The album Happenstance by Martin Webb landed on my desk, basically as just the disc and an accompanying CD holding the info I desperately needed, for Mr. Webb's music and history was quite unknown to me. So, I found out Martin Webb is a professional multi-instrumentalist who was born in the UK, raised in Canada and currently is living in Texas. With this background you might expect a blend of brit-pop and Texas blues on Happenstance, but luckily Martin found other influences, which helped him to create his own music. Happenstance is Martin Webb's third release and has The Journey (2005) and Anjar (2010) as predecessors.
The Gathering Storm does what the title implicates; a haunting composition, filled with strong guitar riffs, brilliant percussion parts, that form the base of the tune and a roaring bass, that indicates the next thunderclap is not far away. The keyboard/guitars solo part is great, although I am not really fond of the typical keyboard sound. I guess the brilliant bass makes up for this minor complaint. The following Caravan luckily does not refer to the band with the same name. This Caravan takes you to more oriental spheres, with fine melodies and cool stretched notes. Progressive rock, embedded with fusion parts, topped with world elements and nice (programmed) percussion parts. Further up the road to the east we pass a Snake Charmer, here personalised as a smooth song; acoustic guitars and fine bass lines form the base of a song that immediately reflects to the location the song is situated. The guitar melodies and solos have a wonderful flow and sound amazing. The title-tack Happenstance brings you to the music of King Crimson, including the strong bass parts of Tony Levin and the cool rhythms of Robert Fripp and Adrian Belew's soloing, with a more jazz rock guitar added to it, just to create a different touch to the music. The River Of Life brings you into Indian spheres. The basic melody has the well-known sound of a top forty song from a few years ago and creates the perfect atmosphere for the perfect percussive parts. What absolutely stands out is the bass, during this song, nicely placed forward in the mix and perhaps the main instrument of the song. Note that during the whole album the bass guitar has a prominent place in the mix, something that totally works for this album. A nice electric, spacey guitar solo ices this wonderful composition. I guess the song title Lost In Shrangi La, can be referred to as to the fictive city from James Hilton's book as well as to the Chinese district, formerly known as Zhongdian. Either way the song has a strong Chinese sounding base, played on percussion and guitar. Halfway the fusion element takes over, resulting in one of the most beautiful solos of the album. The nicely accompanying bass reminds me of the Norwegian bass player Audun Erlien, who worked with trumpet player Nils Petter Molvaer and guitarist Eivind Aarset. The album's finale; Kel Adur is a soundscape style composition, with a bass in the lead. The song takes stretched synthesizer themes to create an ambient atmosphere, that flows in a short guitar solo towards the end. Personally I think this is the least interesting composition of the album.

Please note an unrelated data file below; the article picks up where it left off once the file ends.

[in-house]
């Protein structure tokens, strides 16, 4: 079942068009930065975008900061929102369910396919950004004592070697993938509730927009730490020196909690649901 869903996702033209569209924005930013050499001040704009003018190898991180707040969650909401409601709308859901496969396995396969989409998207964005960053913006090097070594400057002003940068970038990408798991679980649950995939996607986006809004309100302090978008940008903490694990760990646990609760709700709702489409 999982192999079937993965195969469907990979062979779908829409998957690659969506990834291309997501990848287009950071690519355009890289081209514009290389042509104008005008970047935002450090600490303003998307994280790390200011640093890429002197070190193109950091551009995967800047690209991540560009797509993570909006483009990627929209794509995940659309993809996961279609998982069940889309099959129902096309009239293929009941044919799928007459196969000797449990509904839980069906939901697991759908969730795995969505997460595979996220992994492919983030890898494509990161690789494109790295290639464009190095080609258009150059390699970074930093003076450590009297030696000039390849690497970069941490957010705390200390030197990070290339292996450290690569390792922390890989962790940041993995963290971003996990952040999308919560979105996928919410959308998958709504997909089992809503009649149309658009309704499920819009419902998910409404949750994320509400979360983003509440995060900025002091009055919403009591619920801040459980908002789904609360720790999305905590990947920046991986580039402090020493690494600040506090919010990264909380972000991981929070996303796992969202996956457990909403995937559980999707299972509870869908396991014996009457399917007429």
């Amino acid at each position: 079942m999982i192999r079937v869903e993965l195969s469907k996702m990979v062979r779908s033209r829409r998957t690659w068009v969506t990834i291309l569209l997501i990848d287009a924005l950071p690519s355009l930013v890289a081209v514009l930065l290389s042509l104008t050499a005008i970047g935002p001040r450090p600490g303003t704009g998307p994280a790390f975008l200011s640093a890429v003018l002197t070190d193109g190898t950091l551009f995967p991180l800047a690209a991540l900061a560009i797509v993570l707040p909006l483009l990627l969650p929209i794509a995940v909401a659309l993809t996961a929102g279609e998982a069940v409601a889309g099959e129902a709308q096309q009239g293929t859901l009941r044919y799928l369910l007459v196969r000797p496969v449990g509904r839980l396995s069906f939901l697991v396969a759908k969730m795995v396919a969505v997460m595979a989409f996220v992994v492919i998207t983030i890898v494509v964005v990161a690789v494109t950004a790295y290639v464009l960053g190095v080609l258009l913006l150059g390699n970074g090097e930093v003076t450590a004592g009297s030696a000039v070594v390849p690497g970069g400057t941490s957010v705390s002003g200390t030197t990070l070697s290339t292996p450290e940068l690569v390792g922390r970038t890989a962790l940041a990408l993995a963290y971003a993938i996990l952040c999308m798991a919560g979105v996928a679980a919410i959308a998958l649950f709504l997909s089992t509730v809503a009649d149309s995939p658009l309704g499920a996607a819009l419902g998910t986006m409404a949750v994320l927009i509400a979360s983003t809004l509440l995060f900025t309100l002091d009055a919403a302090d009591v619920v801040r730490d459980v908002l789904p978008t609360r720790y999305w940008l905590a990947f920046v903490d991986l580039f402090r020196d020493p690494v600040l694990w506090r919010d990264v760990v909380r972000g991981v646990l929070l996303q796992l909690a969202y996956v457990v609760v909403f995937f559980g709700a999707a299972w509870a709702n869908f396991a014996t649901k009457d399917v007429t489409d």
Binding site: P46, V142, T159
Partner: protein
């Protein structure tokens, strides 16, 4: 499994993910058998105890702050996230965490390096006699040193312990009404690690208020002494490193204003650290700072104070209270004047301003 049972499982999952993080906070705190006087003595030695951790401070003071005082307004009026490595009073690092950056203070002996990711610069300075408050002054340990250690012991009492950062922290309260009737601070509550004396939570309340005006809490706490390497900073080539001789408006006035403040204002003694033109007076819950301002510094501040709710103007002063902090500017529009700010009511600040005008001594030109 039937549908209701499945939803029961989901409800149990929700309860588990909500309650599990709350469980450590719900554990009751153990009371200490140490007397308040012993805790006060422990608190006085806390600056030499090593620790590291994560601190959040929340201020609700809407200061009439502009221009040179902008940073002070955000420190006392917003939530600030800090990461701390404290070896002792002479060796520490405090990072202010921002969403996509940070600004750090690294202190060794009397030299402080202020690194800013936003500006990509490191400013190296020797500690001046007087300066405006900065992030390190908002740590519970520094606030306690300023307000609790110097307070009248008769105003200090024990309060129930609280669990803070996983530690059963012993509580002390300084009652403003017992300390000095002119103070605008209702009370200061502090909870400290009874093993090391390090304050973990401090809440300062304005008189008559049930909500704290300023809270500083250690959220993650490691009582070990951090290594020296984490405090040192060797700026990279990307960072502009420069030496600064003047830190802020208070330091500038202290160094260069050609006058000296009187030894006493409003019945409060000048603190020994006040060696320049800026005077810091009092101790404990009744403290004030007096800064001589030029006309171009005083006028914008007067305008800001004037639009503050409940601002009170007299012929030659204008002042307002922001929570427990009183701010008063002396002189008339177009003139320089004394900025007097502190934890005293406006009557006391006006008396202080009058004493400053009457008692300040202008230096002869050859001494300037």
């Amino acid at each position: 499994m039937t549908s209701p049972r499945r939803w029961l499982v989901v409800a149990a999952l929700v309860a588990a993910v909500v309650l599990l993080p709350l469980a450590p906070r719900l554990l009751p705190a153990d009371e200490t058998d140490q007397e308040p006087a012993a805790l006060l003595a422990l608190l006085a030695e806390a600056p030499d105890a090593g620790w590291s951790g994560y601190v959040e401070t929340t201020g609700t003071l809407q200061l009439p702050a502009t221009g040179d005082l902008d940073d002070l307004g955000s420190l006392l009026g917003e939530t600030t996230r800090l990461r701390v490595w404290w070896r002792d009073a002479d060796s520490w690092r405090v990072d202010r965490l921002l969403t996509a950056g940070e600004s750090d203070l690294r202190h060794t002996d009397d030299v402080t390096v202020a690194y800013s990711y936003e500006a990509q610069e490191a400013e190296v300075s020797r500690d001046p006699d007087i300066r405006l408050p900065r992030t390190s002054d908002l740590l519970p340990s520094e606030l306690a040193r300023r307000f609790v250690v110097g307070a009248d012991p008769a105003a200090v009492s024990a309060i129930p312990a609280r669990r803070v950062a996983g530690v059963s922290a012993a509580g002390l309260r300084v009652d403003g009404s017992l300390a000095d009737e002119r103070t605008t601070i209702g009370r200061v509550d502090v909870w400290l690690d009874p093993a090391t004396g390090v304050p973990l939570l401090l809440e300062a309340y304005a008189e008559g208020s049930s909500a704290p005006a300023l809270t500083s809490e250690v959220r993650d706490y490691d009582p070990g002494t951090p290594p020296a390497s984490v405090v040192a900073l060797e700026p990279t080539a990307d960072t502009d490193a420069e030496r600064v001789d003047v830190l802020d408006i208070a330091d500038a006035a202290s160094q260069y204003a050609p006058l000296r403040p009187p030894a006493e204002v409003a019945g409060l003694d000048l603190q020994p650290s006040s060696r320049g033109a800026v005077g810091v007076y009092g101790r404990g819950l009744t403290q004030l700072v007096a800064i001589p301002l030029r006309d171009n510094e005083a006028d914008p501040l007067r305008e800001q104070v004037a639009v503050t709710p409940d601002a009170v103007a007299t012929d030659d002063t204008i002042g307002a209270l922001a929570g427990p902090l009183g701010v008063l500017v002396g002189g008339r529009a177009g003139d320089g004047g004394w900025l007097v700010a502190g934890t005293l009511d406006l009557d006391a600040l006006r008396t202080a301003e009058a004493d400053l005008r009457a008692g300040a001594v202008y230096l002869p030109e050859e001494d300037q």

Happenstance turns out to be a very interesting album; a fine combination of progressive rock in the vein of King Crimson and strong guitar fusion. An instrumental album that absolutely highlights the bass guitar. I am not even bothered by the (I guess) programmed percussion. If so, it's done very well! Happenstance is a stunning journey to the east.
**** Pedro Bekkers (edited by Astrid de Ronde)
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